Support for students at J.E.B. Stuart High School in Fairfax County, Virginia who started a petition to have the school’s name changed has come from an unexpected place: Hollywood. Actress Julianne Moore and director Bruce Cohen, both former students of the high school and friends since the 8th grade, have joined forces on a new petition.
Their petition on Change.org specifically calls for the high school, currently named for a Confederate general, to be renamed in honor of Thurgood Marshall, the first African-American justice of the Supreme Court and a well-known activist for civil rights.
Moore and Cohen appear to have stepped into a conversation that was drifting off message. Coverage of the original call by rising seniors to change the school’s name focused more on the school’s lagging statistics, and quoted a column written by an outgoing senior, called “An Unsung Graduation Speech,” to frame the protest as simply one more struggle faced by the school. In the column, which does not address the school’s name at all, Harvard-bound Theo Lebryk looks past the statistics and difficulties faced by students and faculty alike to highlight the amazing accomplishments happening at J.E.B. Stuart. What’s quoted in the coverage is a single paragraph claiming failure as the school’s forte.
Quiet objections to this drift were swift and came from individuals and the school system itself.
@TReesShapiro, you took Theo Lebryk's quote totally out of context. Re-read his post: https://t.co/bnAdfiks1U— Jessica Swanson (@TheJSwan) July 17, 2015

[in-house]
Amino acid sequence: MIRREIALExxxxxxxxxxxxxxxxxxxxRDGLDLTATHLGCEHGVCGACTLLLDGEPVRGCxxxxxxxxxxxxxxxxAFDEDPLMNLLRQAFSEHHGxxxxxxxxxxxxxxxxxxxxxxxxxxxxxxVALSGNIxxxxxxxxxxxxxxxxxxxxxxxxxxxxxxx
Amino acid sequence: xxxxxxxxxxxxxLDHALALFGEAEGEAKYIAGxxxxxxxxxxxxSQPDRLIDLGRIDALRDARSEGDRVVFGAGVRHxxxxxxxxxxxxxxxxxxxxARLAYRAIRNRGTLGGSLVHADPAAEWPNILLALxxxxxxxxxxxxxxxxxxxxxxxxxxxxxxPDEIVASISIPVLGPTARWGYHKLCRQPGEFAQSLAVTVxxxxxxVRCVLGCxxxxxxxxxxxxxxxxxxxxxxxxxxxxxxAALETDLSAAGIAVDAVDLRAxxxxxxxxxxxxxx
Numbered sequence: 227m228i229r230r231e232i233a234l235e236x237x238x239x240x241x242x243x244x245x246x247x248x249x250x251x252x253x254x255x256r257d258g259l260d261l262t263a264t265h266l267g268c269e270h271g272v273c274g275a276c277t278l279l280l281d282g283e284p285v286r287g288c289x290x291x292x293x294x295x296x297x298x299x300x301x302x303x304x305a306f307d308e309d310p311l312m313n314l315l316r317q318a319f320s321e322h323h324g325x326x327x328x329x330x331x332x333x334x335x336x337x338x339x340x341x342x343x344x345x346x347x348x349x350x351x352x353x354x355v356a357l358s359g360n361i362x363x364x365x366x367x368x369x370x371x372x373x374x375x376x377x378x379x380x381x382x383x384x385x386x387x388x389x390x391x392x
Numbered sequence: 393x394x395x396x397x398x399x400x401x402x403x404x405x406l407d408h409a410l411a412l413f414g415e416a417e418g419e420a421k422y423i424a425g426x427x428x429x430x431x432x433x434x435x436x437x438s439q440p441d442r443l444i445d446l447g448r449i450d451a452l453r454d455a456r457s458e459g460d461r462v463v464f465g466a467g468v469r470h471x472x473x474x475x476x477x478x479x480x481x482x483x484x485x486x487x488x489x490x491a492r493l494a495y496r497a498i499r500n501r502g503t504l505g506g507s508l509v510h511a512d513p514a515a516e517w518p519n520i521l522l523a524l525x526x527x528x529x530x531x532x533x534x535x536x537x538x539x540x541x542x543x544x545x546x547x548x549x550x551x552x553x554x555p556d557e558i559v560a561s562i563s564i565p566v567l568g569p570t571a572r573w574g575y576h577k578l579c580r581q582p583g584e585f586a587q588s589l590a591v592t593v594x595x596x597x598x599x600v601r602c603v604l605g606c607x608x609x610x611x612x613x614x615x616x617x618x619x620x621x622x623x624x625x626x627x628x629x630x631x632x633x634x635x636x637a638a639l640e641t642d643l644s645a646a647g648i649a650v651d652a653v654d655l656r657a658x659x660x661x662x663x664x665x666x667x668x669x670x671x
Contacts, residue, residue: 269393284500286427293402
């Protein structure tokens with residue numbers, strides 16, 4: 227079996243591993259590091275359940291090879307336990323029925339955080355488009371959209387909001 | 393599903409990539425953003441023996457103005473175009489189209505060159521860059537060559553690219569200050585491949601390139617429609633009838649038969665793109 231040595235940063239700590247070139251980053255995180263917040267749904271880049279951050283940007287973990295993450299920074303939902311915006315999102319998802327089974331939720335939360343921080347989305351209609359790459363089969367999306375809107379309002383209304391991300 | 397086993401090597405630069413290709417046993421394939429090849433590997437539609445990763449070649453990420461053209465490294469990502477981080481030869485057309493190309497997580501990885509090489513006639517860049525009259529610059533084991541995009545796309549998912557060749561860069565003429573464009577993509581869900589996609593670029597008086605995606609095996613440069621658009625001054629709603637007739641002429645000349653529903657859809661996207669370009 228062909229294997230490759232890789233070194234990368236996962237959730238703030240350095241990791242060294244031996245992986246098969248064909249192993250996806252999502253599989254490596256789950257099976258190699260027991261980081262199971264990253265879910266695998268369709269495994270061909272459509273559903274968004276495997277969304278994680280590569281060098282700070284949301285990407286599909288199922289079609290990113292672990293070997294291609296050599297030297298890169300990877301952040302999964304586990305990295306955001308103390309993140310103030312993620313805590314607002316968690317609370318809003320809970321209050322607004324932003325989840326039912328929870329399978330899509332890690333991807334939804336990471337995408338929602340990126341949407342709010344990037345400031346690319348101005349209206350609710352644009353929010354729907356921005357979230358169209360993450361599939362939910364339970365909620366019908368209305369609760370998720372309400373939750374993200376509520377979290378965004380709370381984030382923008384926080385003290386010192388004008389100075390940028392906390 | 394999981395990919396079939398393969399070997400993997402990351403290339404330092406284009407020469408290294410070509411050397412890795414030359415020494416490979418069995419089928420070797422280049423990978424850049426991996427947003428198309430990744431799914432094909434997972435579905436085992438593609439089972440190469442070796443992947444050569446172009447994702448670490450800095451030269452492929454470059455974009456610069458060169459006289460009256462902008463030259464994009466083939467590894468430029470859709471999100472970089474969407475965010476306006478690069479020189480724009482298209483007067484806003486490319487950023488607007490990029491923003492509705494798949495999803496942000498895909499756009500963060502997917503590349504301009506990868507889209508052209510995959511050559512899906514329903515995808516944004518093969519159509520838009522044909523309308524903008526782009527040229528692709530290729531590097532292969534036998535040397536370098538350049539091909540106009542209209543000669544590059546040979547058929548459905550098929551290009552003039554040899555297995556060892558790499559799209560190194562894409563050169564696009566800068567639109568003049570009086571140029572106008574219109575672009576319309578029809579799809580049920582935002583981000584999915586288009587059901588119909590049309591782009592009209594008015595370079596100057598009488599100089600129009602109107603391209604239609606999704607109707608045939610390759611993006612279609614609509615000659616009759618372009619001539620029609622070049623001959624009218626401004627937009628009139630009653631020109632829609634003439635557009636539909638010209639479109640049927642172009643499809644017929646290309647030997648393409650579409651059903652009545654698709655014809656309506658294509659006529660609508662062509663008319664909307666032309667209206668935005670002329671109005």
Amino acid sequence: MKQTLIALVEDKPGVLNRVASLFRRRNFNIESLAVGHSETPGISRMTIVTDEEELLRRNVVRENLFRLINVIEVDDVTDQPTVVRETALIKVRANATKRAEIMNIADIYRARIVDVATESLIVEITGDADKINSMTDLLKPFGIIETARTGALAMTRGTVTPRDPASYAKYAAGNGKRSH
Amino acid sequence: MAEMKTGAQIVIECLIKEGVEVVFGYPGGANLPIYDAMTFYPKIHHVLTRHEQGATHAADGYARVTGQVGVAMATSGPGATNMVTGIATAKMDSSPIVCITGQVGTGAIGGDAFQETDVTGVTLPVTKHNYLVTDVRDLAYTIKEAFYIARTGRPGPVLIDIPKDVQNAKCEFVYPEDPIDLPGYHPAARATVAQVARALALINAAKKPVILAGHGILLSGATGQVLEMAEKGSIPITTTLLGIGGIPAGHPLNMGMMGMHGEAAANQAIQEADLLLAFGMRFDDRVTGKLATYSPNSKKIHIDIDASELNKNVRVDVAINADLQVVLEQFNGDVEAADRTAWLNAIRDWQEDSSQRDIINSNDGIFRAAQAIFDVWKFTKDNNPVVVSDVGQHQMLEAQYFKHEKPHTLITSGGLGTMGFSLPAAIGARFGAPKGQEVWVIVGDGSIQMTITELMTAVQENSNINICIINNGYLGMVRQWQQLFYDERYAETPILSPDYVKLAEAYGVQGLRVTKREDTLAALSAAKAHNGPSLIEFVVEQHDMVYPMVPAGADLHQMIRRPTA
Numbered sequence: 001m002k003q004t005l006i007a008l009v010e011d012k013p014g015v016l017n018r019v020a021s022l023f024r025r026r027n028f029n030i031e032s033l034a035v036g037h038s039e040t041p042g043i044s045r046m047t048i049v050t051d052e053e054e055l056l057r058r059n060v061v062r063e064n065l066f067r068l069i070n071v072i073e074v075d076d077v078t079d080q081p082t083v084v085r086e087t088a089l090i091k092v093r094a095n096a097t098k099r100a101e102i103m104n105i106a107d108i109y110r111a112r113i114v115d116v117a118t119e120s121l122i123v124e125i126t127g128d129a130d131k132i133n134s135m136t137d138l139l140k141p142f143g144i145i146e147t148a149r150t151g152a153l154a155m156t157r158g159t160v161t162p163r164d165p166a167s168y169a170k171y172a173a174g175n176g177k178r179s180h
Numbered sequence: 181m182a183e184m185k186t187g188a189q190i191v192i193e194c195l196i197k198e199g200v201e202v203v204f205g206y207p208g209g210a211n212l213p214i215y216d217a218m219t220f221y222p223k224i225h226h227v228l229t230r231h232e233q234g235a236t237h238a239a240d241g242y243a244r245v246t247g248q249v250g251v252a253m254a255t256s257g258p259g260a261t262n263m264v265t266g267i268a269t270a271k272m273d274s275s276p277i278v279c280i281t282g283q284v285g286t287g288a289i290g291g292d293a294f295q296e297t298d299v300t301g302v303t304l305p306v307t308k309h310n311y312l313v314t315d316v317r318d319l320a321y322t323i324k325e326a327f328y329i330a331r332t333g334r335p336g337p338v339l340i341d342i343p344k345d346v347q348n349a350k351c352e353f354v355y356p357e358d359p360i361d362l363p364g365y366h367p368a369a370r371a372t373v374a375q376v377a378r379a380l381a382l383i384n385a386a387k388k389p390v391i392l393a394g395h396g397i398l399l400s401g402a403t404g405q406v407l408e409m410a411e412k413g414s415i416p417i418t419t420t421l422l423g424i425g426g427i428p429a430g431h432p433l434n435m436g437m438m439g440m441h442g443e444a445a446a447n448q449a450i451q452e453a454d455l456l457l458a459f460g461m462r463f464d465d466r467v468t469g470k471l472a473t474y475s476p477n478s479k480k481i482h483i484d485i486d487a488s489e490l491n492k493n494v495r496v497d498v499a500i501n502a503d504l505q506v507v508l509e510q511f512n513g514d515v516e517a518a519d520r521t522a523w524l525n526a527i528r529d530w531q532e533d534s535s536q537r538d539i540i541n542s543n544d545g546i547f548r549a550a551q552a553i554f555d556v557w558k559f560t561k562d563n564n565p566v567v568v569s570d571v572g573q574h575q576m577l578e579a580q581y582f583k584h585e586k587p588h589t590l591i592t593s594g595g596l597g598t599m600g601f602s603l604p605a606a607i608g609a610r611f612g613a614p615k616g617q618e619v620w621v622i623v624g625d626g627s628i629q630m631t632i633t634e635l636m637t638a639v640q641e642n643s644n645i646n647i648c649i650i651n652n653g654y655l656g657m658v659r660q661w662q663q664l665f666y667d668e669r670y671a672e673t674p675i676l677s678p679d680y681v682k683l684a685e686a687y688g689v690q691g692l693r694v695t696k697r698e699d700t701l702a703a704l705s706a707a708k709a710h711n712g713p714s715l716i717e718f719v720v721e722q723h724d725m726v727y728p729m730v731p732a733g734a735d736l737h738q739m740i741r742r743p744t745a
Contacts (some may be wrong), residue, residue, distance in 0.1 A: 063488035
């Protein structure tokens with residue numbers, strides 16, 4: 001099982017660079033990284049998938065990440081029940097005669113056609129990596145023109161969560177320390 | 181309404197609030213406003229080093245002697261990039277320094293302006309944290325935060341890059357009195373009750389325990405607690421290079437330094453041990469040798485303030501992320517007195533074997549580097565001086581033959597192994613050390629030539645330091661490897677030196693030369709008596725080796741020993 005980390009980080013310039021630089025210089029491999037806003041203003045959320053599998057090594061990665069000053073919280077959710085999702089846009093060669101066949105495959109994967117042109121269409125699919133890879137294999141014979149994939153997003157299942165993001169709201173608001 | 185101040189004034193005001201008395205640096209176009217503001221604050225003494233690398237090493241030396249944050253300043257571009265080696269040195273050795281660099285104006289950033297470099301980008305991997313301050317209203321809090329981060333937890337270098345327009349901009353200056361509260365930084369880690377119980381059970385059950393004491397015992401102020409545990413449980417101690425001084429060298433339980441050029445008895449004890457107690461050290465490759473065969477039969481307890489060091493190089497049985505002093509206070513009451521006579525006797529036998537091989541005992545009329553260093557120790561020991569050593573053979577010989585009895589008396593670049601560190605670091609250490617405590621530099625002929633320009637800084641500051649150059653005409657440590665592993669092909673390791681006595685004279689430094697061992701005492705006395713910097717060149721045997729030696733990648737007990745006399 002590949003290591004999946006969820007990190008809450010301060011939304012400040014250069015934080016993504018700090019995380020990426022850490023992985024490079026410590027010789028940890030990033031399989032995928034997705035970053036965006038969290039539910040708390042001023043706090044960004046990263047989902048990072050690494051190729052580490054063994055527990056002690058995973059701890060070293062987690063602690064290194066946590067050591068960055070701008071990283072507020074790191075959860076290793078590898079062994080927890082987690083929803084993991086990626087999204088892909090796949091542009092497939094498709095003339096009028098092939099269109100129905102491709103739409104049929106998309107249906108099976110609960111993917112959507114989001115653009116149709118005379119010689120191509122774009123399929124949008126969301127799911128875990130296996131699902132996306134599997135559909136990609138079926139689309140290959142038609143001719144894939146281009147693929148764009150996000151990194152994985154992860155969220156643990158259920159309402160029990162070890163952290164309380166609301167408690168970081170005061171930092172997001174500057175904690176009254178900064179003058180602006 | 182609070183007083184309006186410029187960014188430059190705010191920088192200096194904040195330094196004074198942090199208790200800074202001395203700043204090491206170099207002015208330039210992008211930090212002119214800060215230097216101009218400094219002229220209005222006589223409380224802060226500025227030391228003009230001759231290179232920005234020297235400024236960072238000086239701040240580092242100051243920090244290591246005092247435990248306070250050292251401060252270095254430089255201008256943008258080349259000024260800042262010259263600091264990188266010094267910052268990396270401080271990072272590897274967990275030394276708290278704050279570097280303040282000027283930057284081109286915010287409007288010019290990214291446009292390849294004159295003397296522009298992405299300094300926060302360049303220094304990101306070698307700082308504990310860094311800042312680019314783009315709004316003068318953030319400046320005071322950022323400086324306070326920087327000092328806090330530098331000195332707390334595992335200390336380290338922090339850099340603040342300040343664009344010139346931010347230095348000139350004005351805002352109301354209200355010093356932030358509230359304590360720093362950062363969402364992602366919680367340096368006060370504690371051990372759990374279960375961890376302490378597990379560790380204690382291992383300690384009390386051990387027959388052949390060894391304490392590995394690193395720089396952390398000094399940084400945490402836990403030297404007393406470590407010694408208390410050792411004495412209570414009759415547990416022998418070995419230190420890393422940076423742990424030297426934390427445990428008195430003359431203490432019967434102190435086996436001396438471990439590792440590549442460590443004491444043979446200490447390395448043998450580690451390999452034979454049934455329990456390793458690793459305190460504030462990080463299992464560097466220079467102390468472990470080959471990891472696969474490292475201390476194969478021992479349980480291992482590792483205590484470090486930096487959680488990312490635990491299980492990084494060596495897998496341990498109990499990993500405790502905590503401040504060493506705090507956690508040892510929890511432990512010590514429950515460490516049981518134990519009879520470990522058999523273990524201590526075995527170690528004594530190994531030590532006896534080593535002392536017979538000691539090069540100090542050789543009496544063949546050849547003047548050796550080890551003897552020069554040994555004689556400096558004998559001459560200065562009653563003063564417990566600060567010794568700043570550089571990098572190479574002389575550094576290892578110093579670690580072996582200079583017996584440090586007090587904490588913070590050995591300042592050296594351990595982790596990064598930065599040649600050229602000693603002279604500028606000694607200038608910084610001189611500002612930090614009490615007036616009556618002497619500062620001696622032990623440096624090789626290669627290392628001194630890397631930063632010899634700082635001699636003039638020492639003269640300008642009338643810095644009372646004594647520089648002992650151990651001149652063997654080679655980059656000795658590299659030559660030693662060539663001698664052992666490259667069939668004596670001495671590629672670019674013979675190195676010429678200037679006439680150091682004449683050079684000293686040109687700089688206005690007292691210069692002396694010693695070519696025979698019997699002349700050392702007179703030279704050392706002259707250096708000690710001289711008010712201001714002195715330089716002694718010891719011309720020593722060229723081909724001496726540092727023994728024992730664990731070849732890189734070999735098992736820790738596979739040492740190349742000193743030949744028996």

People who object to the proposed name change have taken the same strategic approach to reject discussions of the issue. They argue that it is more important to focus on flagging SAT scores than it is to quibble over the school’s identity. Moore and Cohen, in their Change.org petition, call out the school’s name as being chosen in protest of the Brown vs the Board of Education ruling that ended segregation, which is a theory supported by J.E.B. Stuart High School math teacher Bill Horkan, quoted in the original Washington Post article. The same article states that the school did not admit Black students until 1961; now the student body is composed of roughly 75% students of color.
Moore and Cohen state in their petition that such a diverse group of students shouldn’t have to attend a school named for a man who fought to uphold slavery, writing:
“No one should have to apologize for the name of the public high school you attended and the history of racism it represents, as we and so many alumni of Stuart have felt the need to do our whole lives.”
Their petition names both current events and established precedent as influences. The killing of nine African-Americans at Emanuel African Methodist Episcopal Church by a white supremacist who flew the Confederate flag has thrust conversation about artifacts of the Confederacy into the national spotlight. And in Jacksonville, Florida, in 2013, a petition to change the name of another school named for a Confederate general and KKK leader succeeded. Nathan B. Forrest High School was renamed Westside High School.
No one from J.E.B. Stuart High School could be reached by the Daily Dot for comment. But Moore and Cohen have issued statements of their own, to the Washington Post and through their various social media accounts. Over 25,000 people have thus far signed their petition. Perhaps this new school year will bring more than just a change in schedule.
Illustration by Max Fleishman